Like many other patient advocates, Mr. Burke believes that had metal-on-metal hip implants been subjected to more stringent premarket scrutiny, their safety issues may have been detected and their sales prevented.
New York, New York (PRWEB) June 28, 2012
Daniel Burke, Senior Litigation Counsel at Parker Waichman LLP, a national law firm dedicated to protecting the victims of defective hip implants, is dismayed by remarks made yesterday by a DePuy Orthopedics official during a U.S. Food & Drug Administration (FDA) advisory panel meeting examining the safety of metal-on-metal hip implants. According to a report in the Wall Street Journal, Paul Voorhorst, the director for biostatistics and data management for DePuy Orthopaedics, said in his presentation that not all metal-on-metal implants are the same, and asserted that the clinical performance of each device should be evaluated on its own merits.
According to Mr. Burke, to do as Mr. Voorhorst suggests would conflict with the way most metal-on-metal hip implants currently receive clearance from the FDA.
"It is ironic that when they file with the FDA for a 510k, fast-track approval, the manufacturers claim their new metal-on-metal hip implant is substantially similar to others on the market," said Mr. Burke. "Now they say metal-on-metal hips should be individually evaluated when it comes to failures, without having subjected their own devices to more stringent analysis during the approval process.”
According to Parker Waichman LLP, the majority of metal-on-metal hip replacement devices used in total hip replacements were cleared for sale through the FDA's 510(k) protocols, which allows manufacturers to forgo human testing if they can show a device is similar to a predicate product that has already been brought to market. Like many other patient advocates, Mr. Burke believes that had metal-on-metal hip implants been subjected to more stringent premarket scrutiny, their safety issues may have been detected and their sales prevented.
Metal-on-metal hip implants have been the subject of growing concerns since the August 2010 worldwide recall of the DePuy Orthopaedics’ ASR Hip Resurfacing System and ASR Acetabular System. Since then, a number of studies have found evidence that the recipients of metal-on-metal hip implants may face a significant risk of developing serious complications, including tissue damage, device failure, additional surgeries, disability, and possibly cancer. In February, for example, the British Medical Journal alerted the public about potentially high levels of metallic ions released by all-metal hip implants. The following month, the authors of a study published in The Lancet called for a ban on the devices, after finding that metal-on-metal implants failed at a rate of 6 percent in five years, as opposed to the 1.7 to 2.3 percent seen in their plastic or ceramic equivalents.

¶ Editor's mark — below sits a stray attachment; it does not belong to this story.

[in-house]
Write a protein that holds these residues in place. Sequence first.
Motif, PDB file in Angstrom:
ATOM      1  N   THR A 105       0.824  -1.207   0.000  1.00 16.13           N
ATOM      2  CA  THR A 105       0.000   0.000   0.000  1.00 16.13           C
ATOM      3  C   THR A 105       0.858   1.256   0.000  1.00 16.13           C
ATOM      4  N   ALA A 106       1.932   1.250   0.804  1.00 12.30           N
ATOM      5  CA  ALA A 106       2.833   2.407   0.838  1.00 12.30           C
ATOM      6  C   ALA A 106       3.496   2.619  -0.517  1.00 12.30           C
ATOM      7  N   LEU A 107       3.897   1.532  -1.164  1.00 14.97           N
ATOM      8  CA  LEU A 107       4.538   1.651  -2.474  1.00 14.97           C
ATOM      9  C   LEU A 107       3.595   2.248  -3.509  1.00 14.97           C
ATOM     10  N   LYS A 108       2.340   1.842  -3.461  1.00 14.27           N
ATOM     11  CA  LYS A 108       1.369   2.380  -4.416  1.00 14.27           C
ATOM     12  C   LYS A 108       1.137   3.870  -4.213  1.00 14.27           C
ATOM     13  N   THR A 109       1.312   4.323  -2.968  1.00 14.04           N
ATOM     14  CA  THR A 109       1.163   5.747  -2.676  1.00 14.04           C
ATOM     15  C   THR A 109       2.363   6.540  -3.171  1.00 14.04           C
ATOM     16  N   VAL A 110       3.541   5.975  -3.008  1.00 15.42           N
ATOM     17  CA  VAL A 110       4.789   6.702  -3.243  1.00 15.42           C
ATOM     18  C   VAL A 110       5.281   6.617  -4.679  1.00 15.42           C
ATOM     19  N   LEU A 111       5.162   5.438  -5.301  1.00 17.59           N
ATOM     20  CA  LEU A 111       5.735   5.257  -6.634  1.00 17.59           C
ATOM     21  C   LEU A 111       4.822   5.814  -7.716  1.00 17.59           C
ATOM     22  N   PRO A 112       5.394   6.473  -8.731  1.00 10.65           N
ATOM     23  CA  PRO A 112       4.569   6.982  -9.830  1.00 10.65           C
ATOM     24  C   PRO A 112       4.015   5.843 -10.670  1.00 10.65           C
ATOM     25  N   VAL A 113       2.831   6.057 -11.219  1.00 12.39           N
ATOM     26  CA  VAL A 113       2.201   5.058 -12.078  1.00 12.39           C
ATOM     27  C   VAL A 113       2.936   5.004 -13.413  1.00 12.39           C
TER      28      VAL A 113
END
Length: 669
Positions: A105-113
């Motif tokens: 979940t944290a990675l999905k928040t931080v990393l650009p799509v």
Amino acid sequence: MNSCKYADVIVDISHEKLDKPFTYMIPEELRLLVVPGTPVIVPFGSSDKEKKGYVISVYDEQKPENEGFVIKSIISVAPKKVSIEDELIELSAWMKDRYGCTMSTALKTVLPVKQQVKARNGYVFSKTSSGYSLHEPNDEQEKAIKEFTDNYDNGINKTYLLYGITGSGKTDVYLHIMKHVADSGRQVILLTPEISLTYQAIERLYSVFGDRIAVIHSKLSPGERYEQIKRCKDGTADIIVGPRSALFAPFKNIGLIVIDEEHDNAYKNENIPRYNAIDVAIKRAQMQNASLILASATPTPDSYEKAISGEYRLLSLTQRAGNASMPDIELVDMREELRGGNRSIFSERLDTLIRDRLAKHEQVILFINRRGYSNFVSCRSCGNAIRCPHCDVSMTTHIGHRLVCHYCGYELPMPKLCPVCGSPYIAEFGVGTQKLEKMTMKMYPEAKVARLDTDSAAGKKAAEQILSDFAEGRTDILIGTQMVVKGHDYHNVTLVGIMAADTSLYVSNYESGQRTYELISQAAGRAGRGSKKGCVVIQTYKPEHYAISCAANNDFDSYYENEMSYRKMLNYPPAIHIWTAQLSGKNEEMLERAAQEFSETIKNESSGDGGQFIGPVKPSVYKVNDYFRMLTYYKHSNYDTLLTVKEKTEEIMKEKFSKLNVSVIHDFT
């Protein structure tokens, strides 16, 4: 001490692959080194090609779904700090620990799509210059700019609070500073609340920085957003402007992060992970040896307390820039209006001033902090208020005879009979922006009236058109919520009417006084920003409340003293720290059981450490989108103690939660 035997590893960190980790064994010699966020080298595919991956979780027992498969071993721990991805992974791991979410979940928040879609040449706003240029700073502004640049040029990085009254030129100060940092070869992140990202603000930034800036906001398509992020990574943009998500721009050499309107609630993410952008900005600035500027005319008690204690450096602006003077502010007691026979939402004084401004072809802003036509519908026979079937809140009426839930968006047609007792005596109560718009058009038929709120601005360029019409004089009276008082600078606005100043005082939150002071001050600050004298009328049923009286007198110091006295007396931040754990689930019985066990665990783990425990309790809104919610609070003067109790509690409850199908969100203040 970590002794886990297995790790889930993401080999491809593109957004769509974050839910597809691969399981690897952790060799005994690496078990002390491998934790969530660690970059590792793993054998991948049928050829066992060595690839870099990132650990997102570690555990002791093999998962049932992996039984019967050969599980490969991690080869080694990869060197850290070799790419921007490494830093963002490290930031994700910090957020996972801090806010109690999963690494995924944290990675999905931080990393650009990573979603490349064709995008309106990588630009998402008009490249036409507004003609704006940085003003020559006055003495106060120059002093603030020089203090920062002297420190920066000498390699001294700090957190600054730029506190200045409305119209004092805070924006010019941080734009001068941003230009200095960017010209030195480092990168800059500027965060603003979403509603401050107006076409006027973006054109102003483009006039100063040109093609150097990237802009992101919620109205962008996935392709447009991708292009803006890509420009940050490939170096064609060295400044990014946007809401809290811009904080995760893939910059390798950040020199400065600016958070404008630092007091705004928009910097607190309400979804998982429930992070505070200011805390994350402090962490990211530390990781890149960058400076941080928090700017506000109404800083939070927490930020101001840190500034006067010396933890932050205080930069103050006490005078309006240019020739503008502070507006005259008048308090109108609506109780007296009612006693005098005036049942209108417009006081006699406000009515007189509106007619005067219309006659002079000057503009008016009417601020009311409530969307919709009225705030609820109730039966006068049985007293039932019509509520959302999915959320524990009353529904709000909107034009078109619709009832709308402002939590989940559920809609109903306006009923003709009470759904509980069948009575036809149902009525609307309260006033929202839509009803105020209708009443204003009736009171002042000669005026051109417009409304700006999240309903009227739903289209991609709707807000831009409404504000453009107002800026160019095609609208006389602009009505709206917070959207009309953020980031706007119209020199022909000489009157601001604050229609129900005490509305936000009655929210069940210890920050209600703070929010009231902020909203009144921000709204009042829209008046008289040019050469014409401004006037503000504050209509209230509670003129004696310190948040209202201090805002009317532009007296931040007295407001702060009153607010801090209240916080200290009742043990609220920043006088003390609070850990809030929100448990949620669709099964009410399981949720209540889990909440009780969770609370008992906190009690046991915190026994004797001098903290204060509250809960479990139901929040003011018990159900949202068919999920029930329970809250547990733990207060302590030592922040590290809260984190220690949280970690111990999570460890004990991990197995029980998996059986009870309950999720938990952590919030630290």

Yesterday, the FDA’s Orthopaedic and Rehabilitation Devices Panel began a two-day meeting to discuss the risks and benefits of metal-on-metal hip replacement devices. In a report issued in advance of the meeting, FDA staff revealed that its review of recent data suggests that metal-on-metal hip replacement systems are likelier to fail than other hip implant devices. According to the agency, metal-on-metal hip replacement devices were associated with some 16,800 adverse event reports from 2000 to 2011. The vast majority of those reports, more than 14,000, involved revision surgery to remove a failing metal-on-metal hip implant. In 2011, metal-on-metal hip implant complaints made to the FDA totaled 12,137, compared with only 6,332 associated with other types of hip replacement systems
Parker Waichman LLP is representing scores of people who have suffered serious injuries, including pain, premature hip implant failure, and the need for revision surgery, allegedly due to the defective nature of metal-on-metal hip implants. Lawsuits involving DePuy Orthopaedics’ ASR hip implant devices have been consolidated in a multidistrict litigation before Judge David A. Katz in the U.S. District Court for the Northern District of Ohio (MDL 2197). Additional claims involving a metal-on-metal version of DePuy’s Pinnacle hip implant system have been consolidated in a multidistrict litigation before Judge James E. Kinkeade in the U.S. District Court for the Northern District of Texas (MDL 2244). Parker Waichman LLP also recently filed several lawsuits on behalf of plaintiffs allegedly injured by metal-on-metal hip implants manufactured by Biomet Orthopedics.
Parker Waichman LLP continues to offer free legal consultations to victims of metal-on-metal hip implant injuries. If you or a loved one experienced premature failure of your implant or other health problems associated with a metal-on-metal hip device, please contact their office by visiting the firm’s Defective Hip Implants page at yourlawyer.com. Free case evaluations are also available by calling 1 800 LAW INFO (1-800-529-4636).
For more information regarding defective hip implant lawsuits and Parker Waichman LLP, please visit: yourlawyer.com or call 1-800-LAW-INFO (1-800-529-4636).
Parker Waichman LLP
Gary Falkowitz, Managing Attorney